Libya unrest: Cameron backs 'war crimes' investigation

Media caption, David Cameron: "In the last 24 hours there have been six flights that have left Libya"

The UK wants an investigation into whether the Libyan regime has committed "war crimes" in its crackdown on protests, David Cameron has said.

International justice "had a long reach", the UK prime minister said, and Libyan leader Colonel Gaddafi would be "held to account" for his actions.

He said the UK would push for Libyan assets abroad to be frozen and a travel ban on senior figures in the regime.

Fighting between pro-Gaddafi troops and anti-government forces is continuing.

The UN has said reports suggest the crackdown by troops loyal to the Libyan leader, who has pledged to do whatever it takes to retain his 42-year hold on power, has escalated "alarmingly".

Mr Cameron was speaking after chairing meetings of the National Security Council and the Cobra emergency committee co-ordinating the UK's response to the crisis in Libya.

The government has been criticised for the speed of its response to the crisis and Mr Cameron has apologised to UK citizens in Libya for delays in bringing them home.

'World watching'

The prime minister urged all Britons still in Libya to leave now and said the UK would do "everything it can" to complete its evacuation of UK nationals in Tripoli and elsewhere in the country.

He said six flights evacuating UK nationals had already returned from Libya and more would go in if necessary.

Mr Cameron said his "clear warning" to the Libyan leader was that current violence was "unacceptable".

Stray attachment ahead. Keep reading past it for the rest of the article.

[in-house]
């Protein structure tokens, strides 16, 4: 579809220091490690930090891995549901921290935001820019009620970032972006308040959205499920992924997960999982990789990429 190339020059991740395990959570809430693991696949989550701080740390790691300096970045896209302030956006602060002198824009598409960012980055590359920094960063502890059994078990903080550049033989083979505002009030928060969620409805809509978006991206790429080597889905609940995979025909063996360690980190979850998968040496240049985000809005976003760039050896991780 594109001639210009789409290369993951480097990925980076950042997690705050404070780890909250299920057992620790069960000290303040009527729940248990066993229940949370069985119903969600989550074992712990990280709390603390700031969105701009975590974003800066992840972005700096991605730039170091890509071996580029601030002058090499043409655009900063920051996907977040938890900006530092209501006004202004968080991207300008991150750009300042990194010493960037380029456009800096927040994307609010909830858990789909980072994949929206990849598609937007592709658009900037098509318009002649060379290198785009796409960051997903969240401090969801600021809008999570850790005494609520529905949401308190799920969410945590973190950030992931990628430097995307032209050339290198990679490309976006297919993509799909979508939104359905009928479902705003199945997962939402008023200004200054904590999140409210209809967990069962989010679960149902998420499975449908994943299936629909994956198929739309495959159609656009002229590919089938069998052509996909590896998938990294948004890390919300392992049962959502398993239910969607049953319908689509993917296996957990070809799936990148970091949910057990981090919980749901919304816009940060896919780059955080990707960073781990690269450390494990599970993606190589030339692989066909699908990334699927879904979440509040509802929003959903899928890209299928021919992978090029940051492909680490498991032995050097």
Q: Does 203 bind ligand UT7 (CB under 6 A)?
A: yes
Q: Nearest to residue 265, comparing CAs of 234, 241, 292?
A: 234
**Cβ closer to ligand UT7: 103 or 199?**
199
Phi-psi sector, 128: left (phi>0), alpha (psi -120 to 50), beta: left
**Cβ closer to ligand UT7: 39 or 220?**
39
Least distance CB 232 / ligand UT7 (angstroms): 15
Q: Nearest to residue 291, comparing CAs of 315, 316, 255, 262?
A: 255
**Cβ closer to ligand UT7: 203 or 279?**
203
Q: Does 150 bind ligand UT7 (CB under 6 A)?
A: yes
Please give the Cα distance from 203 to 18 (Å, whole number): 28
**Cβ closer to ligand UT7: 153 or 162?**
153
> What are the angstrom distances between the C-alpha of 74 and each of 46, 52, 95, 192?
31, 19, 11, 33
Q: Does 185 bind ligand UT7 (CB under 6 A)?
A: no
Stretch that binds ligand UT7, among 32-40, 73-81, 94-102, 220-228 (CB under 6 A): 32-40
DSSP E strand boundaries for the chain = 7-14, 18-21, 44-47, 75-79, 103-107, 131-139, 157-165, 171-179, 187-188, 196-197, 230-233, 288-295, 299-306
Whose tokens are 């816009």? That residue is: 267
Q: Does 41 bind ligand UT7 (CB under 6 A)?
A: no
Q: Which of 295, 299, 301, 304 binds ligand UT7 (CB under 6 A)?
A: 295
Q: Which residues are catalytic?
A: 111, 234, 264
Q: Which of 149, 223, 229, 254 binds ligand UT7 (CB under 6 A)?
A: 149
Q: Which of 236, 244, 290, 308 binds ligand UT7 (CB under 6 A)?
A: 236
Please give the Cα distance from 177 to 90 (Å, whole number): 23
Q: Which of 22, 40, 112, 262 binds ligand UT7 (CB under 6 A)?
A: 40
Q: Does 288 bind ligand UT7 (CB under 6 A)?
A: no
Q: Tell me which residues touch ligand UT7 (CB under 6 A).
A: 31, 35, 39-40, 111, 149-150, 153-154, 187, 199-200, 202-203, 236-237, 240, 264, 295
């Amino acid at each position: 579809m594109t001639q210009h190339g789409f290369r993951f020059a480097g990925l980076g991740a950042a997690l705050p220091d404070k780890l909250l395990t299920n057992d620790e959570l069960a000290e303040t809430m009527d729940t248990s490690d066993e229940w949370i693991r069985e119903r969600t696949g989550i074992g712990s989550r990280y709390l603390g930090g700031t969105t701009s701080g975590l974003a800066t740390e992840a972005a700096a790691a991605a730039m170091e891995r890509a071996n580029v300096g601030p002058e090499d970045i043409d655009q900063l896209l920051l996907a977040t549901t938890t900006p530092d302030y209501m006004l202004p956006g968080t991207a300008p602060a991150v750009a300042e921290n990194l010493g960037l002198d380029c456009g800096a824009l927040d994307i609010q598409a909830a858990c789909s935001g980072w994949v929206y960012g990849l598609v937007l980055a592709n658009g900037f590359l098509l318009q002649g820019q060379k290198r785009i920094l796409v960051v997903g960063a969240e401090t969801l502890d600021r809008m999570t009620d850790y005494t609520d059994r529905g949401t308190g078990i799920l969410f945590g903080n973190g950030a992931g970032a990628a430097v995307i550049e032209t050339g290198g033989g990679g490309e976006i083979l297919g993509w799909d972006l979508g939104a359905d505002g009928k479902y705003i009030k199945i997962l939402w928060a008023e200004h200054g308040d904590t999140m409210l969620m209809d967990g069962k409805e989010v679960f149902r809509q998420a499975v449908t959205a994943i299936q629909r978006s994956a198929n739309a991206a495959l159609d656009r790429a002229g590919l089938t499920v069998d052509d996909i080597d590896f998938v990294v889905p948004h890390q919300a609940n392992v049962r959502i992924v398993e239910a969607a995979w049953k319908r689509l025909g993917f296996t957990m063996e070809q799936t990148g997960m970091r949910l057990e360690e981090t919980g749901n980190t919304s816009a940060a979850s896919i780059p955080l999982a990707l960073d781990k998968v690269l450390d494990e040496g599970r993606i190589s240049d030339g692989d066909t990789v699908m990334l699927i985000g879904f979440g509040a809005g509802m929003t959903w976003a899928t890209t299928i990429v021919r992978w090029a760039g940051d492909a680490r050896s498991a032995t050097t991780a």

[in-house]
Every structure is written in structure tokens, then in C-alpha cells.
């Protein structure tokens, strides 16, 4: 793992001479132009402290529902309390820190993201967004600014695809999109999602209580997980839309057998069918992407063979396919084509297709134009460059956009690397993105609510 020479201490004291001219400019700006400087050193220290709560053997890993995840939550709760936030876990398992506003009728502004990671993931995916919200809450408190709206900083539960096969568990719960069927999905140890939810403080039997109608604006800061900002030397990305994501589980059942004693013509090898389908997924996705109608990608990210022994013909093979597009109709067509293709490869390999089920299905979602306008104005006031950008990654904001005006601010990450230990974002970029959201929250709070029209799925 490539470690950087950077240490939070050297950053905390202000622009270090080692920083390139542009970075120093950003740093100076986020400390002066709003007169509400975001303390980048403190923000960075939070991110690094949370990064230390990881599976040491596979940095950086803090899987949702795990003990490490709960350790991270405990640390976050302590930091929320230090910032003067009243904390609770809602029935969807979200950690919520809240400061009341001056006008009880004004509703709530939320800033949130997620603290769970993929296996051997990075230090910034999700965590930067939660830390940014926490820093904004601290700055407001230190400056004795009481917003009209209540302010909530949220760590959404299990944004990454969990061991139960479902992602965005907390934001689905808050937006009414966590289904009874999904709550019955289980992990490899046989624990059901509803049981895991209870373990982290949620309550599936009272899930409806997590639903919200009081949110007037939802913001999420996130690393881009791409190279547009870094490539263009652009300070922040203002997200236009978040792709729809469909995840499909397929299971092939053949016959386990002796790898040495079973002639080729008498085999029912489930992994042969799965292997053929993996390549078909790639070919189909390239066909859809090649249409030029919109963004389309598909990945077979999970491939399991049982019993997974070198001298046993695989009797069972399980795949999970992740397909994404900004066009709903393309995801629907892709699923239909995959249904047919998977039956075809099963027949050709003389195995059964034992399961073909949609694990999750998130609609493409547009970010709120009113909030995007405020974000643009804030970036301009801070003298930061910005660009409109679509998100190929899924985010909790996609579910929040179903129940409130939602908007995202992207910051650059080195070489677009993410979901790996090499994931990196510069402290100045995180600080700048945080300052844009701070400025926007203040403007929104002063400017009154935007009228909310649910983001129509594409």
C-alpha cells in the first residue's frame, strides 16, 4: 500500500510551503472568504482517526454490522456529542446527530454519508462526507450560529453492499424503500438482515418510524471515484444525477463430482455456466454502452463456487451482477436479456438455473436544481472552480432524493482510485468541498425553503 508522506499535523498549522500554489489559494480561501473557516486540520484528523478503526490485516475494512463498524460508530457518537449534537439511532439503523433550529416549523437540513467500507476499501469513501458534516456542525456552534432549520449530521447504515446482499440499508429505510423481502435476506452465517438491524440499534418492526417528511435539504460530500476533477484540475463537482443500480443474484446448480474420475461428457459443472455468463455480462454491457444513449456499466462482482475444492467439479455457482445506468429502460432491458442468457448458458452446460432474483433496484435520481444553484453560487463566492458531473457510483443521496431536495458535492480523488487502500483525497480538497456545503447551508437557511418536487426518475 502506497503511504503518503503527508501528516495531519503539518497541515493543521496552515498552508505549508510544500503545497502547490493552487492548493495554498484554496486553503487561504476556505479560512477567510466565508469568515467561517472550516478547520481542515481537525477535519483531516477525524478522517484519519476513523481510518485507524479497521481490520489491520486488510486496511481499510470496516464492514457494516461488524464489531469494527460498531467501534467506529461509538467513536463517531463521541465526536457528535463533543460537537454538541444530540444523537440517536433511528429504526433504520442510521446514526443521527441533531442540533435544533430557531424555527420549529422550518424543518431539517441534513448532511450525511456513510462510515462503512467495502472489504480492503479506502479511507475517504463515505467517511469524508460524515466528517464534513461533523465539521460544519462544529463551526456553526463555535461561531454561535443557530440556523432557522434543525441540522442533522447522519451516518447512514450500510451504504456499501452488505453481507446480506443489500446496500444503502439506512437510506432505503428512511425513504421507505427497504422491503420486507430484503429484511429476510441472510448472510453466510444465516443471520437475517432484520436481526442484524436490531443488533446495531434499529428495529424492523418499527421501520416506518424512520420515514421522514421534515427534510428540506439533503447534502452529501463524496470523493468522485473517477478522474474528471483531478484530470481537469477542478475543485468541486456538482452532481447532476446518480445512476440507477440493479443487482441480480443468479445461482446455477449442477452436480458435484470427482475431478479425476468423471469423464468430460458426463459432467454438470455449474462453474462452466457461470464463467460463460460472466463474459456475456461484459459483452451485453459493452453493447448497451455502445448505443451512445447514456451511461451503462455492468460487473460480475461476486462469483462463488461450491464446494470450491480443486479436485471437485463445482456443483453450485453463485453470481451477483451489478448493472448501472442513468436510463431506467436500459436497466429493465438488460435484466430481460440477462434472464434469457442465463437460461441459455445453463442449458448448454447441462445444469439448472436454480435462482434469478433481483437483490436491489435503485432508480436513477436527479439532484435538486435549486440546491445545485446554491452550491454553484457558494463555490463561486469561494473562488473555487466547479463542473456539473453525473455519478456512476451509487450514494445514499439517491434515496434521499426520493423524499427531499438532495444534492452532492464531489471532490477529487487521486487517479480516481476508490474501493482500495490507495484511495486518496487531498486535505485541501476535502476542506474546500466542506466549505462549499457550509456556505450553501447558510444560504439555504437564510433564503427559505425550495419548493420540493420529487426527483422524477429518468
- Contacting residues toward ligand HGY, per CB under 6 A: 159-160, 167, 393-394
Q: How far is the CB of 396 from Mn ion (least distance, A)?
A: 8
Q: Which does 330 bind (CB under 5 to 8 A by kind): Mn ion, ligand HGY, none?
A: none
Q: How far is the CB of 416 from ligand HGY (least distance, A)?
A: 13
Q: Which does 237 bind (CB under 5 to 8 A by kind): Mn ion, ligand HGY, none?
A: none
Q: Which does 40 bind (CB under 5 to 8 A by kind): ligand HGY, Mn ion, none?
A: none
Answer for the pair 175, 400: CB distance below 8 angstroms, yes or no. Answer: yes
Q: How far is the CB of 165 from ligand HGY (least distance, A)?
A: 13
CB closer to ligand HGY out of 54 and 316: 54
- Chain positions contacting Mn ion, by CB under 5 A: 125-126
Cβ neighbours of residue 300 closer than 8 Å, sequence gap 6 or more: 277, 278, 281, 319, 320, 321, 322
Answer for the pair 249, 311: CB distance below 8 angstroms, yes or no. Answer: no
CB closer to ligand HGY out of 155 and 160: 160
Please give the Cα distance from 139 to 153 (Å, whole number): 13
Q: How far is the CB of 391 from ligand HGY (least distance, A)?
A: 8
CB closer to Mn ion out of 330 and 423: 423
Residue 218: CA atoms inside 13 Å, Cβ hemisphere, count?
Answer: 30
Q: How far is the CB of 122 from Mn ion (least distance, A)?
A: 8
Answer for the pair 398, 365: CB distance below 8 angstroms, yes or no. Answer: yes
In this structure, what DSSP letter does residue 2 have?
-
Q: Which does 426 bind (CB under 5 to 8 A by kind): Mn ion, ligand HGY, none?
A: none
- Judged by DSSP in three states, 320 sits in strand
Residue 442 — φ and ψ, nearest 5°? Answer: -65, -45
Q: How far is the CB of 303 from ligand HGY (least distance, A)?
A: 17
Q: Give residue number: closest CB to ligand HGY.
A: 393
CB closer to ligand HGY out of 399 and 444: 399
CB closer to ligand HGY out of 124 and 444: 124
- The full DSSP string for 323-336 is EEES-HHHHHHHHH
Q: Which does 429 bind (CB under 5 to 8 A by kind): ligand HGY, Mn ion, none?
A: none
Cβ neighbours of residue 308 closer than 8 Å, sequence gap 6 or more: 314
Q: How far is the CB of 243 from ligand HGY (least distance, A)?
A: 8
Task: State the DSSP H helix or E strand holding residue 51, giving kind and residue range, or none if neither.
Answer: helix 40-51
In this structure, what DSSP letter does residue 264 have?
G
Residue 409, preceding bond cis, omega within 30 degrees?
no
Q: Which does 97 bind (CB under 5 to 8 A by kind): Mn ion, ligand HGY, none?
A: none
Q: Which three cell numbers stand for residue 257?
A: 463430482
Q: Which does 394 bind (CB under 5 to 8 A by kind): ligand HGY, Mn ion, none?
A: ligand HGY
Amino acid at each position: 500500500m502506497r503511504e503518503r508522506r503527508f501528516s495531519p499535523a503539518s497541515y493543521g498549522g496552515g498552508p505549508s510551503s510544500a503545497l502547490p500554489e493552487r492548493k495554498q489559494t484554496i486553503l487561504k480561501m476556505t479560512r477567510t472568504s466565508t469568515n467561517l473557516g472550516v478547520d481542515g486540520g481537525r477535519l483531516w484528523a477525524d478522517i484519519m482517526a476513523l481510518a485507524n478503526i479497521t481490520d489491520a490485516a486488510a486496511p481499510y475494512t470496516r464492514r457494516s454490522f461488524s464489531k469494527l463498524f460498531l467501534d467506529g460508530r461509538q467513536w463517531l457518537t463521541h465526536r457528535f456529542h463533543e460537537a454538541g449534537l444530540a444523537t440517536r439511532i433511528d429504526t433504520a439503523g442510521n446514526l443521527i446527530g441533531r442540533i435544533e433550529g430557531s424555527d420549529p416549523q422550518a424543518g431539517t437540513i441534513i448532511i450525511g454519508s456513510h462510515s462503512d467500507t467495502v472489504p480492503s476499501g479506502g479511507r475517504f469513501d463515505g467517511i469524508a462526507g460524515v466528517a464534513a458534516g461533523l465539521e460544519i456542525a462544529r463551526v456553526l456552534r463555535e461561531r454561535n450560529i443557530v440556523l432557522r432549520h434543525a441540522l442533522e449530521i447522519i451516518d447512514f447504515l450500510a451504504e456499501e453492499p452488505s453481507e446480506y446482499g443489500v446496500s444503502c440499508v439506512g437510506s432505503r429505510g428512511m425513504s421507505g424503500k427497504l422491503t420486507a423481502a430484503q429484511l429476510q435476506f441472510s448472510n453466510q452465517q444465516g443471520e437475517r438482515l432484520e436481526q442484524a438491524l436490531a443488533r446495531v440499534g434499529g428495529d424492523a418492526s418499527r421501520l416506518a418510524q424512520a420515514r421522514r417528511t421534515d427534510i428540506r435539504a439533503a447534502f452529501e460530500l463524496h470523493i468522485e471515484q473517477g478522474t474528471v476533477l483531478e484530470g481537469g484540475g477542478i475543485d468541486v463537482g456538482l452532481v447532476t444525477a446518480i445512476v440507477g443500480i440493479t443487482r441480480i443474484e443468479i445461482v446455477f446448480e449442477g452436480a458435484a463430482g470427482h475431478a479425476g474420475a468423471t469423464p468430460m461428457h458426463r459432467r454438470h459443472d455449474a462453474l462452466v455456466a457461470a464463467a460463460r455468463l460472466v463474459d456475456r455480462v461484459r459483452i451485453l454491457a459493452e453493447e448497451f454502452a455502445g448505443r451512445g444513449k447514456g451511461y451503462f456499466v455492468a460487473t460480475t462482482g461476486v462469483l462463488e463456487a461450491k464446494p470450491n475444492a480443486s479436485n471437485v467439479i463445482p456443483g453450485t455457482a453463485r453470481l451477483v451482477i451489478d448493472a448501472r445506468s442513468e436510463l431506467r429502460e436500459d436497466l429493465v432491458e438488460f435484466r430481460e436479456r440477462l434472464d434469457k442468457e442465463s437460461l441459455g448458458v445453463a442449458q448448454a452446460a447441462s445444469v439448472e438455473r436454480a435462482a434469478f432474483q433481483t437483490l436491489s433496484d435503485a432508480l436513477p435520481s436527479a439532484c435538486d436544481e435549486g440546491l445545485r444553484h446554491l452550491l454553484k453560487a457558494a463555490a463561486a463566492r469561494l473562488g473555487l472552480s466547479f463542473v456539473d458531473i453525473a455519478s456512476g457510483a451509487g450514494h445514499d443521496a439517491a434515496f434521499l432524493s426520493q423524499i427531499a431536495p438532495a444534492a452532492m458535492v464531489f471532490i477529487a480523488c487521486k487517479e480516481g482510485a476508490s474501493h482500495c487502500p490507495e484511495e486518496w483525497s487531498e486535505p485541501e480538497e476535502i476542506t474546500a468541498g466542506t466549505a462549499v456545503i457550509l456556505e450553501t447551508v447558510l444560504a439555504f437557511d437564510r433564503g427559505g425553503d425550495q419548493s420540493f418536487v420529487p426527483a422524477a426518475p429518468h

"I have this very clear message for people in that regime... The world is watching you and the world will hold you to account," he said.

"Britain, through the United Nations, is pressing for asset seizures, for travel bans, for sanctions, for all of the things that we can do to hold those people to account, including investigating for potential crimes against humanity or war crimes or crimes against their people," he added.

"People working for this regime should remember that international justice has a long reach and a long memory and they will be held to account for what they do."

'Increasing pressure'

The head of the UN's human rights arm Navi Pillay has said thousands of people may have either been killed or injured in recent days as fighting continues in cities across the country.

Nato defence ministers have been meeting to discuss what their next step should be.

The EU's foreign affairs representative, Baroness Ashton, has called for "restrictive measures" against Libya to increase pressure on the regime and to stop the violence.

It has been reported that the UK could also support French-led calls for further sanctions on the Libyan regime including an arms embargo.

Labour leader Ed Miliband said he would back "all necessary action", including sanctions, to "increase the pressure" on the Gaddafi regime.

"We want to see a peaceful transition in Libya away from the current regime to a more democratic future," he told the BBC.

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